NEW DELHI – Leaders of several opposition parties differed on Pakistan Prime Minister Imran Khan’s possible visit to India this year as some remained guarded and others said they supported the government in its decisions on foreign affairs.
Imran Khan could be in New Delhi as India will play host to the annual meeting of the council of heads of government of the Shanghai Cooperation Organisation (SCO) later this year. However, it remains unclear whether he will accept an invite that India is going to send out.
Congress leader Anand Sharma said that since India, as a host, has to extend an invitation to Pakistan, the party would reserve its comments.
“It would be Pavlovian to comment on the development at this moment. As a host country, India is bound to invite Pakistan. We don’t know yet if Pakistan would accept,” said Sharma.
The Nationalist Congress Party’s (NCP’s) Majeed Memon said that when it comes to external affairs, the party stands with the government. It is only on internal matters like the Citizenship Amendment Act and National Population Register that the party stands opposed to the government.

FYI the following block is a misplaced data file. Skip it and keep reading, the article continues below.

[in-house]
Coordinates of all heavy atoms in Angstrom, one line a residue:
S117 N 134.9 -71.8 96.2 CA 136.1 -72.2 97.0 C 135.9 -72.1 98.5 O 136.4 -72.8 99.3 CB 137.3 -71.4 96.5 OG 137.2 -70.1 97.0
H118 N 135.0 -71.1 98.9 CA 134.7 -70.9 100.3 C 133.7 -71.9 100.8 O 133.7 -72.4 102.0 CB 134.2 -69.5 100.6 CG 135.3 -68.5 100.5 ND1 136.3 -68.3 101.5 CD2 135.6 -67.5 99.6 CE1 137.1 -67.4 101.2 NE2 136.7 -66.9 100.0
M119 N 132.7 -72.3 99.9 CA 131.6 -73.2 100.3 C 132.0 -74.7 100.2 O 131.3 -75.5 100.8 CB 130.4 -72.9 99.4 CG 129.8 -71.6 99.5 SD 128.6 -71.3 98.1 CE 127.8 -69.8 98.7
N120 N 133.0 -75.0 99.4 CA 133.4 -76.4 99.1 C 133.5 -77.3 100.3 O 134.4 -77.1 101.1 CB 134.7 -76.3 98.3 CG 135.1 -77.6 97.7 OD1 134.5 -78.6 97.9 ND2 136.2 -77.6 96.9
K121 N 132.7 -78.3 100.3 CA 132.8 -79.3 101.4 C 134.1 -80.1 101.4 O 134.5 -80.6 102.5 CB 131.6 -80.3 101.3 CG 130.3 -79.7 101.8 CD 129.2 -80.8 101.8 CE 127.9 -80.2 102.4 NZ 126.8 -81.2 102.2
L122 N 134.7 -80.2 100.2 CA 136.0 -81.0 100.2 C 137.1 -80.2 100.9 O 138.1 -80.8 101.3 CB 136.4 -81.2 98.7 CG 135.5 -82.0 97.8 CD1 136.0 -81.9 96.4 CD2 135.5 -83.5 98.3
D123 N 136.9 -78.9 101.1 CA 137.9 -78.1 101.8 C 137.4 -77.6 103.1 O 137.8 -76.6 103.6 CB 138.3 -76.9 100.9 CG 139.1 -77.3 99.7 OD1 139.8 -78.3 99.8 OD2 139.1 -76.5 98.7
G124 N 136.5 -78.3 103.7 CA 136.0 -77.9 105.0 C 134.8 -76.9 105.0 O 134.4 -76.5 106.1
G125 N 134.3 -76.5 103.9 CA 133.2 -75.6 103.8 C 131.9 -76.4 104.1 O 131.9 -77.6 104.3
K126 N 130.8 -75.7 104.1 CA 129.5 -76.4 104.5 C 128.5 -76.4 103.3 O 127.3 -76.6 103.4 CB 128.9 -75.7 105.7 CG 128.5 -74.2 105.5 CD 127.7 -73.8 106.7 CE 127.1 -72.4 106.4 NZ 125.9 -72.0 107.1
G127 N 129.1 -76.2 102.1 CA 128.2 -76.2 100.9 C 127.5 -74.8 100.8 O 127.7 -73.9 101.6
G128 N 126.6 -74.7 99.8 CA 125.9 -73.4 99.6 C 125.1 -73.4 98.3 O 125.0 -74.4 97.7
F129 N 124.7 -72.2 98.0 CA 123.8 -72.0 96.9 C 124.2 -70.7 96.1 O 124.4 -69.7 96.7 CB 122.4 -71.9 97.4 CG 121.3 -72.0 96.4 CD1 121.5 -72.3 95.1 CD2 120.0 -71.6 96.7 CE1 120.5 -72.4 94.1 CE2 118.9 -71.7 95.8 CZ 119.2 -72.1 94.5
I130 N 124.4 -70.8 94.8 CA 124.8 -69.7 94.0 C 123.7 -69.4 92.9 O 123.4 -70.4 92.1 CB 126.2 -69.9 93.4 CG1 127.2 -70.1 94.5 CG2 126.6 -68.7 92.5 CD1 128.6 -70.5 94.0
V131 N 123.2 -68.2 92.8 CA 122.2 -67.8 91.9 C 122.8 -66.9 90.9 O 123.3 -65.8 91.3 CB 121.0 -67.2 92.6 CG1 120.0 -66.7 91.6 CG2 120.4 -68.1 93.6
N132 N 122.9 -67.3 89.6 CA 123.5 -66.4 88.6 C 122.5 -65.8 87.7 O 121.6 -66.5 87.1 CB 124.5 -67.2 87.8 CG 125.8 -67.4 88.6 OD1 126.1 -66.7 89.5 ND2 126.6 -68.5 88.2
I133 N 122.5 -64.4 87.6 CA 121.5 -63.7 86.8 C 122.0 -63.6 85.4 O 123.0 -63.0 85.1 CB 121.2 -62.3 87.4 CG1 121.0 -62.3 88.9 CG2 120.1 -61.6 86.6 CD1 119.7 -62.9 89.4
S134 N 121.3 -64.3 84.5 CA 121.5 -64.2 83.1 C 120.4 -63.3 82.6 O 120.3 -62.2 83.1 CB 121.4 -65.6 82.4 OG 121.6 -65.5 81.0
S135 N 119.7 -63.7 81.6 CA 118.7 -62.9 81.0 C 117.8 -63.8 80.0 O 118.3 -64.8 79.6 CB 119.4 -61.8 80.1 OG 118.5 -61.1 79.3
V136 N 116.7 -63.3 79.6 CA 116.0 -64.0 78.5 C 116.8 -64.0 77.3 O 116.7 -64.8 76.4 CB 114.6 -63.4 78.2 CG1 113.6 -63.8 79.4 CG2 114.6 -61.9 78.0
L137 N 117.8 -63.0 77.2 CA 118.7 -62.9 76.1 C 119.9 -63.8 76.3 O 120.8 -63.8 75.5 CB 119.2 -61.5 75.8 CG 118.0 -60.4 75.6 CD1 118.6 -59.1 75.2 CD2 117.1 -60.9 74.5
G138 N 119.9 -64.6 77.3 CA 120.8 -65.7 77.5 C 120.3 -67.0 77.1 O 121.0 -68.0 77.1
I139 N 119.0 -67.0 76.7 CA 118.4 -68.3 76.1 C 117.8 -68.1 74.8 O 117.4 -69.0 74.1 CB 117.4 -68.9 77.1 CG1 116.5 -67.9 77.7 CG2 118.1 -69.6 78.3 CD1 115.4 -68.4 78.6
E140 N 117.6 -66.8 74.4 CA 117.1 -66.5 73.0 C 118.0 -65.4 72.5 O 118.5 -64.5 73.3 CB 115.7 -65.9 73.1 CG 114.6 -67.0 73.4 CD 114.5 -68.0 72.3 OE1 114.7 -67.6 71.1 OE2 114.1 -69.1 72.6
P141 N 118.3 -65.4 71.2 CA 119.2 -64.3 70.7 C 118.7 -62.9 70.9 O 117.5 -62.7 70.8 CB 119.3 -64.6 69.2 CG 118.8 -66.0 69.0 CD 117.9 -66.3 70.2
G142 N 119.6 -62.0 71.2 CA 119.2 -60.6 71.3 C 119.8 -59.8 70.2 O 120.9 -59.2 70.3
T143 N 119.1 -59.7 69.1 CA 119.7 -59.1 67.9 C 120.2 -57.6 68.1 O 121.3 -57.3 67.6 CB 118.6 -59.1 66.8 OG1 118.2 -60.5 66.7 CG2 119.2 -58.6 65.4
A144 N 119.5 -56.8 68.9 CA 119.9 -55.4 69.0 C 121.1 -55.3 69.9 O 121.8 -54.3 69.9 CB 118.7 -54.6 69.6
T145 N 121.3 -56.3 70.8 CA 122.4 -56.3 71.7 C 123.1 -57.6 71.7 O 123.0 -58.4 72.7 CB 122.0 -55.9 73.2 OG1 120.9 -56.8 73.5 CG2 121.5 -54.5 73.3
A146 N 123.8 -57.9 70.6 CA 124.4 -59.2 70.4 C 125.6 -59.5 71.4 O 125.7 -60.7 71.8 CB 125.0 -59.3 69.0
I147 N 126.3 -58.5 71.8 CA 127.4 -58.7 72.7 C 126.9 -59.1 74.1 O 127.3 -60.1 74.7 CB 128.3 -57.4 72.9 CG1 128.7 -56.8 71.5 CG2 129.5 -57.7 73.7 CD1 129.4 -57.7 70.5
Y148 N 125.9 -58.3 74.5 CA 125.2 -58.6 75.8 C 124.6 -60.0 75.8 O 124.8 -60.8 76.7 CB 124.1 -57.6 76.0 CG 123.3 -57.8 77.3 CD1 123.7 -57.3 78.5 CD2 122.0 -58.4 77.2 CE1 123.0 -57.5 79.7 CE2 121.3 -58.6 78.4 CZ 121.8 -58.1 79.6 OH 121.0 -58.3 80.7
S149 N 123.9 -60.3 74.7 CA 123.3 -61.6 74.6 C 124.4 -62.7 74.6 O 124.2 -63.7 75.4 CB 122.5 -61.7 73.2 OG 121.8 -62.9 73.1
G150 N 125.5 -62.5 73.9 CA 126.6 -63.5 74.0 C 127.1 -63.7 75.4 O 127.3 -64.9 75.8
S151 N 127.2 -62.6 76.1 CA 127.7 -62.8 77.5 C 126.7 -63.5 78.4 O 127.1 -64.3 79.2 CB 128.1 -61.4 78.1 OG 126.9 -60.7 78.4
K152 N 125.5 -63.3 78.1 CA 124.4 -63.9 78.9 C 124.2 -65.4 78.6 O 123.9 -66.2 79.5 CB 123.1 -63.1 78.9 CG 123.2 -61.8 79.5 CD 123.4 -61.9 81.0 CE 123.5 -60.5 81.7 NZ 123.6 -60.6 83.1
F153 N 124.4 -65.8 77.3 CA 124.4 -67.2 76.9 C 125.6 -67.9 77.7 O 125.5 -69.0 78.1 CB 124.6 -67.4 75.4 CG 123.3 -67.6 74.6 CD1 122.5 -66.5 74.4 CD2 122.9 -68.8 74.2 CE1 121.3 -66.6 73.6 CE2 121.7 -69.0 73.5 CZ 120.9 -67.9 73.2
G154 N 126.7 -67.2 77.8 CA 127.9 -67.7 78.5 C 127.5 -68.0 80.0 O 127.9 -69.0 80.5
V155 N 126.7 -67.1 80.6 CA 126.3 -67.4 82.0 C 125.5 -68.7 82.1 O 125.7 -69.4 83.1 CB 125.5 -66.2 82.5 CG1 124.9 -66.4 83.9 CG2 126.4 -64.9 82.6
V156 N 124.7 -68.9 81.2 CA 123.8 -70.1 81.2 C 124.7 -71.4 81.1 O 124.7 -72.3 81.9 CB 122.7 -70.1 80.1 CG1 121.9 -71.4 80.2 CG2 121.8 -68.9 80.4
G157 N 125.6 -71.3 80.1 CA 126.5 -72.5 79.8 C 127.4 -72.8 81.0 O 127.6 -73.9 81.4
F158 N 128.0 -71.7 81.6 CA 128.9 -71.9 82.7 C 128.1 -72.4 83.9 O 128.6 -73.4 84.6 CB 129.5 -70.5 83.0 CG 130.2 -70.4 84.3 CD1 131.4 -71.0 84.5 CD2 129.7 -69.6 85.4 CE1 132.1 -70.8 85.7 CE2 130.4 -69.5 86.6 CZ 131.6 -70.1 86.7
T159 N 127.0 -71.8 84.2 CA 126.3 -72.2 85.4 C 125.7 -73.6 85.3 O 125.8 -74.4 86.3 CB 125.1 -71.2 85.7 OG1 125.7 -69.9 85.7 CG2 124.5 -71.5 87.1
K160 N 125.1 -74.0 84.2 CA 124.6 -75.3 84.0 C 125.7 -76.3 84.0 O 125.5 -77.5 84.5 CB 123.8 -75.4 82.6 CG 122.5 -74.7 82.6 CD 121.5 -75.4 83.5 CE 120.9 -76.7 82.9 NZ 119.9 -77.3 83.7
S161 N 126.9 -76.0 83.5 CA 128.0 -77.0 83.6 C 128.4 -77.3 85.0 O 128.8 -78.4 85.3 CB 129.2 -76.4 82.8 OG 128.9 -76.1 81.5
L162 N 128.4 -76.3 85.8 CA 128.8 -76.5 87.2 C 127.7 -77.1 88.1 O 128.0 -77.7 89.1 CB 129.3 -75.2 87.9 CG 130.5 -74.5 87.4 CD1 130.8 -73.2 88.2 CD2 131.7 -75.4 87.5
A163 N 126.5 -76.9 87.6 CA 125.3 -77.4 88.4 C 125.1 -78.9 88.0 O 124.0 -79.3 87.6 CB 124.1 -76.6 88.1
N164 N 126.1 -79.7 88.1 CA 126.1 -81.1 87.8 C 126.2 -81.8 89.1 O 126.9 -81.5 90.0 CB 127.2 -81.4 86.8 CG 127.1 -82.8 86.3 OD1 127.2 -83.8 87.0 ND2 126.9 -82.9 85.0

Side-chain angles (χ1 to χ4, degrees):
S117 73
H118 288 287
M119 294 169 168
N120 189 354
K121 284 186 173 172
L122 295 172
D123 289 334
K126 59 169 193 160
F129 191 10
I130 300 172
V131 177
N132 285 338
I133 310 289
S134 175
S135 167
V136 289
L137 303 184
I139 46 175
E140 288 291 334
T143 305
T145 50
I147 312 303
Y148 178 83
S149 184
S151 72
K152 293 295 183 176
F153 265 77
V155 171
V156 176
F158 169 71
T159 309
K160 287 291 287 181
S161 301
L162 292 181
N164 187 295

“We want cordial relationships with our neighbours and a shrewd and successful diplomatic policy by the Indian government. We need India to articulate among global partners that it is a victim of terrorism emanating from one’s neighbourhood,” said Memon.
He added that it will be in Pakistan’s interest, as well, to understand that Kashmir is a bilateral issue which can only be discussed on the table in a peaceful manner.
“There’s no room for intimidation,” he added.
The Rashtriya Janata Dal’s Manoj Jha said that there is a complete lack of consistency on the government’s position on Pakistan.
“At one point we are severing ties, and at another, we are inviting them. Mature democracies do not work like that,’ Jha said.
India will be hosting the meeting of the council of heads of government of the China-led SCO for the first time this year.
India and Pakistan were admitted to the eight-member economic and security bloc in 2017, sixteen years after it was founded in 2001 by Russia, China, Kyrgyz Republic, Kazakhstan, Tajikistan and Uzbekistan.
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